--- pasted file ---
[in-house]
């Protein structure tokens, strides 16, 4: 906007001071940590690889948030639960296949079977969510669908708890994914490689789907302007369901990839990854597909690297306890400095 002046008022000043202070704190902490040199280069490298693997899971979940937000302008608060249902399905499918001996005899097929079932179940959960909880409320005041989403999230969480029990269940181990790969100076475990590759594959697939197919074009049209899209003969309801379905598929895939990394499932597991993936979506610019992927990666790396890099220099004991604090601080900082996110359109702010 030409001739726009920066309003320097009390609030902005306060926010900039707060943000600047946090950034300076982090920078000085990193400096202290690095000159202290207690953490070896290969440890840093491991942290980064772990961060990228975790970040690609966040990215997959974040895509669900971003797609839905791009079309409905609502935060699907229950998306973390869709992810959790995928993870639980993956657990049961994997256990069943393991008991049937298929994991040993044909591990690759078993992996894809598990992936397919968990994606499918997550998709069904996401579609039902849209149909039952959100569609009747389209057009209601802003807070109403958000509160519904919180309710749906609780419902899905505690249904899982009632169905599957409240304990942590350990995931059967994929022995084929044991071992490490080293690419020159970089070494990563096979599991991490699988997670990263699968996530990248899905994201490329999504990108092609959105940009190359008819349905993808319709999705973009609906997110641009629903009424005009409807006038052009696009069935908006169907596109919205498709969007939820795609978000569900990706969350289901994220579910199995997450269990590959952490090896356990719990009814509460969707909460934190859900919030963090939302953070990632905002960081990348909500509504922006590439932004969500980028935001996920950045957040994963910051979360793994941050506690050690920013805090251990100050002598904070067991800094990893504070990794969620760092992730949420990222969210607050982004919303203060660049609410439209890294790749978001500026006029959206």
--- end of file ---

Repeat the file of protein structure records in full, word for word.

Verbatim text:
[in-house]
């Protein structure tokens, strides 16, 4: 906007001071940590690889948030639960296949079977969510669908708890994914490689789907302007369901990839990854597909690297306890400095 002046008022000043202070704190902490040199280069490298693997899971979940937000302008608060249902399905499918001996005899097929079932179940959960909880409320005041989403999230969480029990269940181990790969100076475990590759594959697939197919074009049209899209003969309801379905598929895939990394499932597991993936979506610019992927990666790396890099220099004991604090601080900082996110359109702010 030409001739726009920066309003320097009390609030902005306060926010900039707060943000600047946090950034300076982090920078000085990193400096202290690095000159202290207690953490070896290969440890840093491991942290980064772990961060990228975790970040690609966040990215997959974040895509669900971003797609839905791009079309409905609502935060699907229950998306973390869709992810959790995928993870639980993956657990049961994997256990069943393991008991049937298929994991040993044909591990690759078993992996894809598990992936397919968990994606499918997550998709069904996401579609039902849209149909039952959100569609009747389209057009209601802003807070109403958000509160519904919180309710749906609780419902899905505690249904899982009632169905599957409240304990942590350990995931059967994929022995084929044991071992490490080293690419020159970089070494990563096979599991991490699988997670990263699968996530990248899905994201490329999504990108092609959105940009190359008819349905993808319709999705973009609906997110641009629903009424005009409807006038052009696009069935908006169907596109919205498709969007939820795609978000569900990706969350289901994220579910199995997450269990590959952490090896356990719990009814509460969707909460934190859900919030963090939302953070990632905002960081990348909500509504922006590439932004969500980028935001996920950045957040994963910051979360793994941050506690050690920013805090251990100050002598904070067991800094990893504070990794969620760092992730949420990222969210607050982004919303203060660049609410439209890294790749978001500026006029959206």